Sunday, April 19, 2015

'burying' my mother

Yesterday, as a means of keeping a promise I had not kept during the winter months, I asked my younger son if he wanted to drive up to the river where I promised my mother she would eventually be "buried." Ashes in the flowing river....

A small box with blue stickers reading "cremated remains" has sat on a nearby shelf while winter came and went. The weather was cold and slippery and I knew that approaching the river at Chapel Falls would be a dicey business, so I waited. My mother died Jan. 11 at 98.

My younger son said he would prefer to go today, but I have a hunch he might rather not go at all. The whole thing has a weird quality -- or anyway an off-the-beaten track element -- about it. Since I am not entirely clear in my own mind about what, if anything, the adventure is supposed to 'mean,' I am not inclined to press him with stylized or ritualized appreciations that a religious person might bring to bear.

First, it is a promise I made and I like to keep the promises I make. But after that, I'm not sure what to think/feel and have pretty much given myself permission not-to-know ... the thoughts and feelings will assert themselves when they are ready.

Second, I do like thinking my mother might like the setting and the simplicity of the setting and the uncertainty that lives under the human potential to control and understand. Knowing may be the habit but not-knowing is the human rule. Of course, my mother is no longer around to correct my appreciation of what her appreciation might be, so ... well, how can I go wrong?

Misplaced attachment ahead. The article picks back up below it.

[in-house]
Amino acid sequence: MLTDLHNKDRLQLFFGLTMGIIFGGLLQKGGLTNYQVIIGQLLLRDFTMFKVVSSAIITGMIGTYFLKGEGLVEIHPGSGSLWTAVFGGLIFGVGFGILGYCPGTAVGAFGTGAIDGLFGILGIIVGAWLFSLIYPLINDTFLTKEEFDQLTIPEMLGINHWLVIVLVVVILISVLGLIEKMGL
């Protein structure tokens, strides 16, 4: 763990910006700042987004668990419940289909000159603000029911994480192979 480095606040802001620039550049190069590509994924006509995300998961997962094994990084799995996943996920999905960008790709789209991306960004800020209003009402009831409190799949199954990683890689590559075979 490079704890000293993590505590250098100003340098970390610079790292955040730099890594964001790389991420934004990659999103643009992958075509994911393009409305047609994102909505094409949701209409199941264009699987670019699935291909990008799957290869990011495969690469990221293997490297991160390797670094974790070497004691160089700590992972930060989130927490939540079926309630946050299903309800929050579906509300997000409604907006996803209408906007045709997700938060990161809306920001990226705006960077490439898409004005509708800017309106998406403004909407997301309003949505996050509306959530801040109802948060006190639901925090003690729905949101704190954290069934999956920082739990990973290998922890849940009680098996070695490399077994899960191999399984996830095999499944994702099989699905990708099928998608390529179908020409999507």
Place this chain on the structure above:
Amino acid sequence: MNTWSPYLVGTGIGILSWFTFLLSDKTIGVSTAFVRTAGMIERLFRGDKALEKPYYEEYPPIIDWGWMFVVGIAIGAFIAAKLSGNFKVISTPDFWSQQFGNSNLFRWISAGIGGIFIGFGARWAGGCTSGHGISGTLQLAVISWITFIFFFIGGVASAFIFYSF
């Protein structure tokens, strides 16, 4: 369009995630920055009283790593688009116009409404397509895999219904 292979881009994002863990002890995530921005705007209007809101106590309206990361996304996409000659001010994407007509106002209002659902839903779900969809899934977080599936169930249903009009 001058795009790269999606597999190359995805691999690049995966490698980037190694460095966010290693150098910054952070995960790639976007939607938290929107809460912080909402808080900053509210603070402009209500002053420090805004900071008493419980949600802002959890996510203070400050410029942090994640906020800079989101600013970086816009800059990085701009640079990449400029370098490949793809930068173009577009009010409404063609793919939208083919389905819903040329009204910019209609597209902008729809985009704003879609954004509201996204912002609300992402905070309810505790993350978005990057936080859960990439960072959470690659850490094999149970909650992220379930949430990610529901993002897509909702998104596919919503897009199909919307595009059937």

Third, my mother was an honorable person and I wish to honor her. She wasn't always easy, but she was honorable. Chapel Falls strikes me as an honorable place.

Today is supposed to be a nice day and it would be nice to drive up to Chapel Falls. As a concession to the occasion, I think I will bring a piece of incense. Incense doesn't complain or explain or have a meaning.

But it smells good, even when it disappears.


  1. My parents had a Neptune Society account. When they died, the number was called and they were taken by strangers, made into ash and bone chunks, and then added to the silt of the San Francisco bay. At least that's what they said would be done. I don't know or care i guess. Visiting graves or memorials never made a lot of sense to me. I remember them when and wherever it happens, private memories that i sometimes share. I was with my folks the last days and hours before their deaths. But i didn't wash their bodies or engage in any after death rituals seeking closure. I don't know what closure means i guess. I have an account with the Neptune Society now. I'm sorry if that offends my survivors. If they require this "closure", they'll have to find it without me.

  2. Charlie -- You and I are old enough to know that "closure" is one of those made-up words that seems to make life easier for those in no need of "closure."

    "Nonsense" is the most polite word I can think of.